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    Note: The two NAs for Price and Quick were in their injury-shortened 2015-16 and 2016-17 seasons, respectively. The site I was using to track these numbers did not include them for this reason.

    I know that’s a lot of numbers. But if you roll through them, you can see Crow is the only one who has consistently been at and above .930 each of the last three seasons and early this season at even strength. His penalty kill numbers are also just as steady as those of the other 10 guys on this list.

    Point shares, last three seasons and current (per Hockey Reference)

    Lundqvist: 9.2/12.6/9.1/1.7

    Bobrovsky: 10.4/5.3/14.9/2.5

    Rinne: 12.6/8.8/11.3/2.4

    Rask: 14.0/11.1/9.8/1.1

    Price: 16.2/3.0/12.6/0.7

    Holtby: 14.4/12.1/12.3/2.2

    Crawford: 11.9/12.0/11.0/3.4

    Schneider: 14.5/11.1/9.5/2.0

    Varlamov: 12.2/9.9/3.1/1.8

    Lehtonen: 8.7/5.5/7.1/0.6

    Quick: 12.1/11.5/2.7/3.1

    Has Crow been the best any of the last three seasons in this category, again an estimation by Hockey Reference about the number of points a goaltender contributes in a season? No, but he’s right there every time. Consistent, without the violent drops almost all of these guys have had in at least one year.

    We haven’t talked anything about the postseason yet, though. So let’s dive in there, too.

    Postseason success, last three seasons

    Lundqvist: 18 wins, .907 save percentage

    Bobrovsky: 1 win, .882 save percentage

    Rinne: 23 wins, .915 save percentage

    Rask: 2 wins, .920 save percentage

    Price: 8 wins, .927 save percentage

    Holtby: 19 wins, .932 save percentage

    Crawford: 16 wins, .911 save percentage

    Schneider: None

    Varlamov: None

    Lehtonen: 6 wins, .899 save percentage

    Quick: 1 win, .886 save percentage

    It’s not the prettiest, but again, Crow is in the top tier. And this was done behind two inferior Blackhawks teams the last two seasons as well. It looks a lot better than “none,” right?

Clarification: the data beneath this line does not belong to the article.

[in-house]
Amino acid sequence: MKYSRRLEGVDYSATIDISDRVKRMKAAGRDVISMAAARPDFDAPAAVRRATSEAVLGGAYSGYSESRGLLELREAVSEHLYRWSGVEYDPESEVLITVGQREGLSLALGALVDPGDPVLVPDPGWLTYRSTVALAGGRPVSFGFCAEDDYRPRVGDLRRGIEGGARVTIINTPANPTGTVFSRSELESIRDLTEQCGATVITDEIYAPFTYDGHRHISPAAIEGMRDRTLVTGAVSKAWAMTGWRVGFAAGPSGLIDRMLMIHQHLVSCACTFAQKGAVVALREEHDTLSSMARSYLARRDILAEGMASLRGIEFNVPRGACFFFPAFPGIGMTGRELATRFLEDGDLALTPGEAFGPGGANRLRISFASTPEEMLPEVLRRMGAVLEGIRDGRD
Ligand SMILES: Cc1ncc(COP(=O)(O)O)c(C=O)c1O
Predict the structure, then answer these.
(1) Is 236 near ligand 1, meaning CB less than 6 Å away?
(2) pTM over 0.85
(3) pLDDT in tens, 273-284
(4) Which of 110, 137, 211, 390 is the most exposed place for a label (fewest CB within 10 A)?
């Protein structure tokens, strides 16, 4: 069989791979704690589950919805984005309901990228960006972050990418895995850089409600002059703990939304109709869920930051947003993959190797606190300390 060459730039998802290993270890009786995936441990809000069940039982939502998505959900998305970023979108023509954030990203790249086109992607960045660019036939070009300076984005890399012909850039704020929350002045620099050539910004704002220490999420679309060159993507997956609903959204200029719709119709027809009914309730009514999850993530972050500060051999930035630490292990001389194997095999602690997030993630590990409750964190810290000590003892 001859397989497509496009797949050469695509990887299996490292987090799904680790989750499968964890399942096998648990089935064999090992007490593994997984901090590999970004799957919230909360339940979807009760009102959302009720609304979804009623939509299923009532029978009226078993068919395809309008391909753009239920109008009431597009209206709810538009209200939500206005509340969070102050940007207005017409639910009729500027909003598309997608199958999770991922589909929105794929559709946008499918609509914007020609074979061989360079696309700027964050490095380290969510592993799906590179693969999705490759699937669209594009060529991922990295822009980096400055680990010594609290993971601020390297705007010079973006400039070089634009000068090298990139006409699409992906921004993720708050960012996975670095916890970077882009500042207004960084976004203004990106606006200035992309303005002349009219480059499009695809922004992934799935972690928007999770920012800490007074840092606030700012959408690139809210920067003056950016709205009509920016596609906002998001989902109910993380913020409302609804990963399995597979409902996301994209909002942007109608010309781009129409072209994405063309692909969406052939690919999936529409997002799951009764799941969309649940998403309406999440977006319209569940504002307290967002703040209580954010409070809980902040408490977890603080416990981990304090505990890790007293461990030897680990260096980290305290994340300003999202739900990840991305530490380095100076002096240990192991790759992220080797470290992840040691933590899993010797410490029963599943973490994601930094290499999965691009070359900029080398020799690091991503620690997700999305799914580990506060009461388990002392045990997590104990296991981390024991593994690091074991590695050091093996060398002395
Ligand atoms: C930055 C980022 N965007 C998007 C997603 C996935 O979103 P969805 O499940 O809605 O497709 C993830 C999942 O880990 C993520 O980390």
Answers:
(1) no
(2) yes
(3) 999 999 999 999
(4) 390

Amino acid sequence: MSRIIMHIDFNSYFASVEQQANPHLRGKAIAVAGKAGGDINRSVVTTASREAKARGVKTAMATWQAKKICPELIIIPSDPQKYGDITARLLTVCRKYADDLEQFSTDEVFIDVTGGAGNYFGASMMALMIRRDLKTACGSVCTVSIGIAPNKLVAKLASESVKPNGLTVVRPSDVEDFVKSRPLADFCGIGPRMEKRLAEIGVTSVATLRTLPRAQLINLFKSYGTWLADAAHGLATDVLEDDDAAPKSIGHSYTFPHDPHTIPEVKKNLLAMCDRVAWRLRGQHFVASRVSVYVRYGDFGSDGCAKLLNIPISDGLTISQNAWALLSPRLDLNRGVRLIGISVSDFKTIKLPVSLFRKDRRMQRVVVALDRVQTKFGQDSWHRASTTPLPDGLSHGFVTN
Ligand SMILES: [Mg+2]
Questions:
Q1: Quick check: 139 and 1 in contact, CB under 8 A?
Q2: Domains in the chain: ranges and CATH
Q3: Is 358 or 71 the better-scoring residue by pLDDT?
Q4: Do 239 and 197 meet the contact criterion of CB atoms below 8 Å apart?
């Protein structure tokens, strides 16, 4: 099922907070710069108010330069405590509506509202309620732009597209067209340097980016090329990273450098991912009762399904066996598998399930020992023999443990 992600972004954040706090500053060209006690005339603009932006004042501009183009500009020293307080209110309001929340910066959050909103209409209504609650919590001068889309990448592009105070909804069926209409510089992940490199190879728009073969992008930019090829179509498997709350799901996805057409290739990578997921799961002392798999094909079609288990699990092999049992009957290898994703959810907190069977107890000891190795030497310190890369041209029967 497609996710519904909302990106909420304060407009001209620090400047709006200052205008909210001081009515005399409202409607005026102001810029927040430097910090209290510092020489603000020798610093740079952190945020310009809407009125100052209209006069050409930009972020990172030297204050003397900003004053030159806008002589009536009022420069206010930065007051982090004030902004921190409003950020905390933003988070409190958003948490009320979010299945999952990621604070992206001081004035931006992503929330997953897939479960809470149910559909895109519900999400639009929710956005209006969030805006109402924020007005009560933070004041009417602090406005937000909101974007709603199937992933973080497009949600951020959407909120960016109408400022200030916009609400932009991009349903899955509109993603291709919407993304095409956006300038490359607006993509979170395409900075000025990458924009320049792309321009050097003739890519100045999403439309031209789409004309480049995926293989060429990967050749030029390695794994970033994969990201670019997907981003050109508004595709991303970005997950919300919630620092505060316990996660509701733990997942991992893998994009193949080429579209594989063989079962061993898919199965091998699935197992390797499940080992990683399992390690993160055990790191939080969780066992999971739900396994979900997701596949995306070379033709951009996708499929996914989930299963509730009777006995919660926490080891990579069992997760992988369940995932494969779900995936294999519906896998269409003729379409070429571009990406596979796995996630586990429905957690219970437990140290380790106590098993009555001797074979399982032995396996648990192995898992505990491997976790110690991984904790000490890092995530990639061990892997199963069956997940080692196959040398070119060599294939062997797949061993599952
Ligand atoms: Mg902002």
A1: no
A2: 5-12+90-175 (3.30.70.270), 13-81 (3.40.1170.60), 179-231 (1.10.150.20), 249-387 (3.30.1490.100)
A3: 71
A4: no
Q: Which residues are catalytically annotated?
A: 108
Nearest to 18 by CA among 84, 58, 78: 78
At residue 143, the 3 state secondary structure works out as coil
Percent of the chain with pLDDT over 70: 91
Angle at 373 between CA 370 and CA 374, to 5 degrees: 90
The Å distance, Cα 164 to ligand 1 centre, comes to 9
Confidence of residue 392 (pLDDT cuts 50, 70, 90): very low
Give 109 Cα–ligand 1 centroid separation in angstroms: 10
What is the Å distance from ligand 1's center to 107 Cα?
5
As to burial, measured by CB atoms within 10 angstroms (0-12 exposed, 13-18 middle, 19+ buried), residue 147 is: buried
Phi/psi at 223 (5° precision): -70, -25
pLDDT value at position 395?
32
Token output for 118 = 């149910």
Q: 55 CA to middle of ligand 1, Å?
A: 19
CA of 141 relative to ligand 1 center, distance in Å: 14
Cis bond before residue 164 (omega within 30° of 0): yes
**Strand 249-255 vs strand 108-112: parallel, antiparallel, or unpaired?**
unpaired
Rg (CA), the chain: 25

Summary

    Overall, I think there are a number of reasons some Blackhawks fans refuse to get behind Crow. He doesn’t make flashy saves, for one. Scott Darling did that, going post to post for some wild stops. Crow’s positioning is far more sound, so he often doesn’t need to do that. It isn’t exciting, and some fans want exciting for a $6 million-a-year player.

    Crow is also the last line of defense, so whenever some fans see a puck behind him, they immediately pin blame on him. It’s rarely that simple, and Crow has had a lot more instances of saving his teammates than needing to be saved by them since getting this contract.

    He’s also part of a consistently cap-strapped team, and with him not being a Patrick Kane or Jonathan Toews, people will look to Crow’s contract more often when the team is struggling and can’t afford reinforcements (though that is changing, to some extent).

    And maybe some fans are unhappy with Crow suffering a random injury seemingly every season. Whether it’s a concussion, an emergency appendectomy or getting banged up while falling down some stairs, Crow’s health has rarely been 100 percent. Even though only one of those injuries I just mentioned is self-inflicted, people will find any reason to bag on a guy if they want to.

    Next: Five Thoughts On Blackhawks' 2-0 Win Over Wild

    But with all of these numbers I’ve just thrown out, as well as Crow playing behind a team that seems to be getting more and more inferior by the season, it’s clear he’s an elite goaltender in the NHL. Whether or not the whole of Blackhawks fans wants to accept that is an entirely different matter.